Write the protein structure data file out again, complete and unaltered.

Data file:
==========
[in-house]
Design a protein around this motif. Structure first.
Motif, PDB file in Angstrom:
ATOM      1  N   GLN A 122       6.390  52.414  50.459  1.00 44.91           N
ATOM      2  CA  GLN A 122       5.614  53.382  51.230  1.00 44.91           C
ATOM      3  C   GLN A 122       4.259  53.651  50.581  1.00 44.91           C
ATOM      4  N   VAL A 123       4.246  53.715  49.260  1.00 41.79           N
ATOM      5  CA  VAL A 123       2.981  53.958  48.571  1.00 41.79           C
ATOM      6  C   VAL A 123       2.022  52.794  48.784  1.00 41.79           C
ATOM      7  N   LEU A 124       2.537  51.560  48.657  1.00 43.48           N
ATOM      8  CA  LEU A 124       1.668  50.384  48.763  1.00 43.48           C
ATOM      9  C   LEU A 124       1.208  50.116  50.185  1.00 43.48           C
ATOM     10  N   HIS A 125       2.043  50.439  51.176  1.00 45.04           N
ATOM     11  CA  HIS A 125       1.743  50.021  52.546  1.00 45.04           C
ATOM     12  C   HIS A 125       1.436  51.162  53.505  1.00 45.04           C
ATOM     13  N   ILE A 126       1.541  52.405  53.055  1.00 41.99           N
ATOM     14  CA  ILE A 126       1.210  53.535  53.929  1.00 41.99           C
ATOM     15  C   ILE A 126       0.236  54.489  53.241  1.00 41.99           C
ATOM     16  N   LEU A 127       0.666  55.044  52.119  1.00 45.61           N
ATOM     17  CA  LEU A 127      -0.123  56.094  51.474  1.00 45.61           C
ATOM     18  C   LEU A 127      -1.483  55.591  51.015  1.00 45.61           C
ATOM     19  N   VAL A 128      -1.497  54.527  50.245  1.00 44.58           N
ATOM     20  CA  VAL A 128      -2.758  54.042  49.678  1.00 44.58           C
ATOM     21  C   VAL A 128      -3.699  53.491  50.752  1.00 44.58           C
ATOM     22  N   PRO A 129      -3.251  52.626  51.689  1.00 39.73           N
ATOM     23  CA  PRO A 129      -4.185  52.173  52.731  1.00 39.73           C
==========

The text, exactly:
[in-house]
Design a protein around this motif. Structure first.
Motif, PDB file in Angstrom:
ATOM      1  N   GLN A 122       6.390  52.414  50.459  1.00 44.91           N
ATOM      2  CA  GLN A 122       5.614  53.382  51.230  1.00 44.91           C
ATOM      3  C   GLN A 122       4.259  53.651  50.581  1.00 44.91           C
ATOM      4  N   VAL A 123       4.246  53.715  49.260  1.00 41.79           N
ATOM      5  CA  VAL A 123       2.981  53.958  48.571  1.00 41.79           C
ATOM      6  C   VAL A 123       2.022  52.794  48.784  1.00 41.79           C
ATOM      7  N   LEU A 124       2.537  51.560  48.657  1.00 43.48           N
ATOM      8  CA  LEU A 124       1.668  50.384  48.763  1.00 43.48           C
ATOM      9  C   LEU A 124       1.208  50.116  50.185  1.00 43.48           C
ATOM     10  N   HIS A 125       2.043  50.439  51.176  1.00 45.04           N
ATOM     11  CA  HIS A 125       1.743  50.021  52.546  1.00 45.04           C
ATOM     12  C   HIS A 125       1.436  51.162  53.505  1.00 45.04           C
ATOM     13  N   ILE A 126       1.541  52.405  53.055  1.00 41.99           N
ATOM     14  CA  ILE A 126       1.210  53.535  53.929  1.00 41.99           C
ATOM     15  C   ILE A 126       0.236  54.489  53.241  1.00 41.99           C
ATOM     16  N   LEU A 127       0.666  55.044  52.119  1.00 45.61           N
ATOM     17  CA  LEU A 127      -0.123  56.094  51.474  1.00 45.61           C
ATOM     18  C   LEU A 127      -1.483  55.591  51.015  1.00 45.61           C
ATOM     19  N   VAL A 128      -1.497  54.527  50.245  1.00 44.58           N
ATOM     20  CA  VAL A 128      -2.758  54.042  49.678  1.00 44.58           C
ATOM     21  C   VAL A 128      -3.699  53.491  50.752  1.00 44.58           C
ATOM     22  N   PRO A 129      -3.251  52.626  51.689  1.00 39.73           N
ATOM     23  CA  PRO A 129      -4.185  52.173  52.731  1.00 39.73           C